Nanotube Adhesive Sticks Better Than a Gecko’s Foot
Troy, N.Y., and Akron, Ohio — Mimicking the agile gecko,
with its uncanny ability to run up walls and across ceilings,
has long been a goal of materials scientists. Researchers at
Rensselaer Polytechnic Institute and the University of Akron
have taken one sticky step in the right direction, creating
synthetic “gecko tape” with four times the sticking power of
the real thing.
In a paper published in the June 18–22 issue of the
Proceedings of the National Academy of Sciences, the
researchers describe a process for making polymer surfaces
covered with carbon nanotube hairs. The nanotubes imitate the
thousands of microscopic hairs on a gecko’s footpad, which form
weak bonds with whatever surface the creature touches, allowing
it to “unstick” itself simply by shifting its foot.
For the first time, the team has developed a prototype
flexible patch that can stick and unstick repeatedly with
properties better than the natural gecko foot. They fashioned
their material into an adhesive tape that can be used on a wide
variety of surfaces, including Teflon.
Pulickel Ajayan, the Henry Burlage Professor of Materials
Science and Engineering at Rensselaer, and Lijie Ci, a
postdoctoral research associate in Ajayan’s lab, created the
material in collaboration with Ali Dhinojwala, professor of
polymer science at the University of Akron, and University of
Akron graduate students Liehui Ge and Sunny Sethi.
“Several people have tried to use carbon nanotube films and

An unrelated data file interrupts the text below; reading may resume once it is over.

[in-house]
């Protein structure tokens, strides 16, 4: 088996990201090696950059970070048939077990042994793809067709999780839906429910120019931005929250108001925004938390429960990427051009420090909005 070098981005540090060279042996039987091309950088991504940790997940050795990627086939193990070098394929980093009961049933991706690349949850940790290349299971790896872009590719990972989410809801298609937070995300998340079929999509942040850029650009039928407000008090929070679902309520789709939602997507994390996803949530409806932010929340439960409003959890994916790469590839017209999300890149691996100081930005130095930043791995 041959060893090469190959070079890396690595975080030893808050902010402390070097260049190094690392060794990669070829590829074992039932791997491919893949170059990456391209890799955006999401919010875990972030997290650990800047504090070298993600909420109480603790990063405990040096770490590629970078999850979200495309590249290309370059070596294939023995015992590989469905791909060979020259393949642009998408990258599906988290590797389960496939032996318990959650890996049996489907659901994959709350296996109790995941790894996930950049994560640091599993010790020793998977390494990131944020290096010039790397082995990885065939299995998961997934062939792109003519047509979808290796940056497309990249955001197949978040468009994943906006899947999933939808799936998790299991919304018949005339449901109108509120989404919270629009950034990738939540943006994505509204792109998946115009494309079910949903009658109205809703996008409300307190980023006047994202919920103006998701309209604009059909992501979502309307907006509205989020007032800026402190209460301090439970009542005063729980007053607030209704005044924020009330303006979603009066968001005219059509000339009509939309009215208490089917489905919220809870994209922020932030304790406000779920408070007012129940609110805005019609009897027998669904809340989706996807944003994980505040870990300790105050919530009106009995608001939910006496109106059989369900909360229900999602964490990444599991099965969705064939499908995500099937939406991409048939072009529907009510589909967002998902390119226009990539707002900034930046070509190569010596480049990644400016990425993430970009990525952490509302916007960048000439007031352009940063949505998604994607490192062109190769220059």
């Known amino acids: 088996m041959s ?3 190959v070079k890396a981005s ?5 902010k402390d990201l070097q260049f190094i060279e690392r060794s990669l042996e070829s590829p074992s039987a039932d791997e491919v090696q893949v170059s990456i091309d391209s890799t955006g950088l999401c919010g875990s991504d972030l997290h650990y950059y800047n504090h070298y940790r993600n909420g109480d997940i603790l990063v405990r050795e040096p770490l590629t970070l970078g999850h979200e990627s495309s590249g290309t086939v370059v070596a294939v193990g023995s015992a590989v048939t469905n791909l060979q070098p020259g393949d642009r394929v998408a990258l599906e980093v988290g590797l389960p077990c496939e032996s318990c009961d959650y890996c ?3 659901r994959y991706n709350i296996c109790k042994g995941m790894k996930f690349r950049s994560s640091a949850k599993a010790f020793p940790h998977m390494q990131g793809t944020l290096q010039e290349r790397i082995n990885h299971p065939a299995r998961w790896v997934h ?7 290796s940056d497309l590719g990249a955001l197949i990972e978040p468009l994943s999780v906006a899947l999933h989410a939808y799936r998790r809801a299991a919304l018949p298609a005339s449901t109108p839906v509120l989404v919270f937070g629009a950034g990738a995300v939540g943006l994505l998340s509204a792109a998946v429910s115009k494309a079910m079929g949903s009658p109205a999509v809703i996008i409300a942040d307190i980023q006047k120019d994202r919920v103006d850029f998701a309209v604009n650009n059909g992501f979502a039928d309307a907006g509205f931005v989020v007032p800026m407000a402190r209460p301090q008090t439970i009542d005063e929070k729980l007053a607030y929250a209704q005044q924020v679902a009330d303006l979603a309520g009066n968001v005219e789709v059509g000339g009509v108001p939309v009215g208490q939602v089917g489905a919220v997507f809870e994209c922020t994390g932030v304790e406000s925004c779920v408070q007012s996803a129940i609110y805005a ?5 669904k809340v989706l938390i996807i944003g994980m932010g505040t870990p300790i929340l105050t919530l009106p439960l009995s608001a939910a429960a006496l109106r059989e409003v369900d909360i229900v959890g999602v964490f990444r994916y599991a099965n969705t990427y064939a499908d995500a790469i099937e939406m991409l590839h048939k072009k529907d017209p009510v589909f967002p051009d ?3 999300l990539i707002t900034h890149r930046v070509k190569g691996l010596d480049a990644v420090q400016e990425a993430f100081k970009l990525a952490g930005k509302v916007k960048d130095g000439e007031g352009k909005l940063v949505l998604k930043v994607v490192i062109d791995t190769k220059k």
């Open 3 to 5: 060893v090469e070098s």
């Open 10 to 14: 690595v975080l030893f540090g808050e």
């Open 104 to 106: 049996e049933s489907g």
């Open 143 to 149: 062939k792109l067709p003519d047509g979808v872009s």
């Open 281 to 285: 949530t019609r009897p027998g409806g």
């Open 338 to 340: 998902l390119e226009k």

other fibrous structures as high-adhesive surfaces and to mimic
gecko feet, but with limited success when it comes to realistic
demonstrations of the stickiness and reversibility that one
sees in gecko feet,” Ajayan said. “We have shown that the
patchy structures from micropatterned nanotubes are essential
for this unique engineering feat to work. The nanotubes also
need to be the right kind, with the right dimensions and
“Geckos inspired us to develop a synthetic gecko tape unlike
any you’ll find in a hardware store,” Dhinojwala says.
“Synthetic gecko tape uses ‘van der Waals interactions’ — the
same interactions that hold liquids and solids together — to
stick to a variety of surfaces without using sticky glues.”
The material could have a number of applications, including
feet for wall-climbing robots; a dry, reversible adhesive in
electronic devices; and outer space, where most adhesives don’t
work because of the vacuum.
The research was funded by the National Science
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